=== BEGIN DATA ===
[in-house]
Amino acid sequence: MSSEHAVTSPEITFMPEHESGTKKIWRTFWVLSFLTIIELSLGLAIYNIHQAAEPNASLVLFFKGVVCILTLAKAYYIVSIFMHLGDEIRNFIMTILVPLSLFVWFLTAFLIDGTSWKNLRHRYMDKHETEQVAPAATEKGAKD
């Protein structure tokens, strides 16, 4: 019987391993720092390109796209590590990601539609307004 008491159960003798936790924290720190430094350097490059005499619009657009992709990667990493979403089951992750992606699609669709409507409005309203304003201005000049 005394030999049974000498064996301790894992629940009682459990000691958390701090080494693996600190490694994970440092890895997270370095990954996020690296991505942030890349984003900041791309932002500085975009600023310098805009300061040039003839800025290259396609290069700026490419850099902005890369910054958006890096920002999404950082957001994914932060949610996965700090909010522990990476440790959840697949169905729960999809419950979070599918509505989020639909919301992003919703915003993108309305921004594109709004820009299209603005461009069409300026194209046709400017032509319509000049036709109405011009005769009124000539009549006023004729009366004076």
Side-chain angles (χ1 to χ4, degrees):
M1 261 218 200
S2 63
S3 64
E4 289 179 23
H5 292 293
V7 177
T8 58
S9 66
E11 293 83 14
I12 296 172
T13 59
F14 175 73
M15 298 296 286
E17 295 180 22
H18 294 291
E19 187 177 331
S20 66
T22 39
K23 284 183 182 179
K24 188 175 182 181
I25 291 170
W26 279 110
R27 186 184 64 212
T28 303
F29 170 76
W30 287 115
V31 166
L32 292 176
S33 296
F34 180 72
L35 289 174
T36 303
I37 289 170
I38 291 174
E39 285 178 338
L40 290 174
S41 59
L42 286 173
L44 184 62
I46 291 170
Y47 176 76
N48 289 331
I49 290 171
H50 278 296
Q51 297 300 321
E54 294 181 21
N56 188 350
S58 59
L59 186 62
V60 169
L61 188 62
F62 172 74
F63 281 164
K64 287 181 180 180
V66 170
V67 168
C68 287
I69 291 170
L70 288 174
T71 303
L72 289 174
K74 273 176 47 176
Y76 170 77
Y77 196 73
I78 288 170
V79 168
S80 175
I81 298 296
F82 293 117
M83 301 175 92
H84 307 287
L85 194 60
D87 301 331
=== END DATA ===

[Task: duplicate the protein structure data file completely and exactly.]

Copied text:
[in-house]
Amino acid sequence: MSSEHAVTSPEITFMPEHESGTKKIWRTFWVLSFLTIIELSLGLAIYNIHQAAEPNASLVLFFKGVVCILTLAKAYYIVSIFMHLGDEIRNFIMTILVPLSLFVWFLTAFLIDGTSWKNLRHRYMDKHETEQVAPAATEKGAKD
């Protein structure tokens, strides 16, 4: 019987391993720092390109796209590590990601539609307004 008491159960003798936790924290720190430094350097490059005499619009657009992709990667990493979403089951992750992606699609669709409507409005309203304003201005000049 005394030999049974000498064996301790894992629940009682459990000691958390701090080494693996600190490694994970440092890895997270370095990954996020690296991505942030890349984003900041791309932002500085975009600023310098805009300061040039003839800025290259396609290069700026490419850099902005890369910054958006890096920002999404950082957001994914932060949610996965700090909010522990990476440790959840697949169905729960999809419950979070599918509505989020639909919301992003919703915003993108309305921004594109709004820009299209603005461009069409300026194209046709400017032509319509000049036709109405011009005769009124000539009549006023004729009366004076």
Side-chain angles (χ1 to χ4, degrees):
M1 261 218 200
S2 63
S3 64
E4 289 179 23
H5 292 293
V7 177
T8 58
S9 66
E11 293 83 14
I12 296 172
T13 59
F14 175 73
M15 298 296 286
E17 295 180 22
H18 294 291
E19 187 177 331
S20 66
T22 39
K23 284 183 182 179
K24 188 175 182 181
I25 291 170
W26 279 110
R27 186 184 64 212
T28 303
F29 170 76
W30 287 115
V31 166
L32 292 176
S33 296
F34 180 72
L35 289 174
T36 303
I37 289 170
I38 291 174
E39 285 178 338
L40 290 174
S41 59
L42 286 173
L44 184 62
I46 291 170
Y47 176 76
N48 289 331
I49 290 171
H50 278 296
Q51 297 300 321
E54 294 181 21
N56 188 350
S58 59
L59 186 62
V60 169
L61 188 62
F62 172 74
F63 281 164
K64 287 181 180 180
V66 170
V67 168
C68 287
I69 291 170
L70 288 174
T71 303
L72 289 174
K74 273 176 47 176
Y76 170 77
Y77 196 73
I78 288 170
V79 168
S80 175
I81 298 296
F82 293 117
M83 301 175 92
H84 307 287
L85 194 60
D87 301 331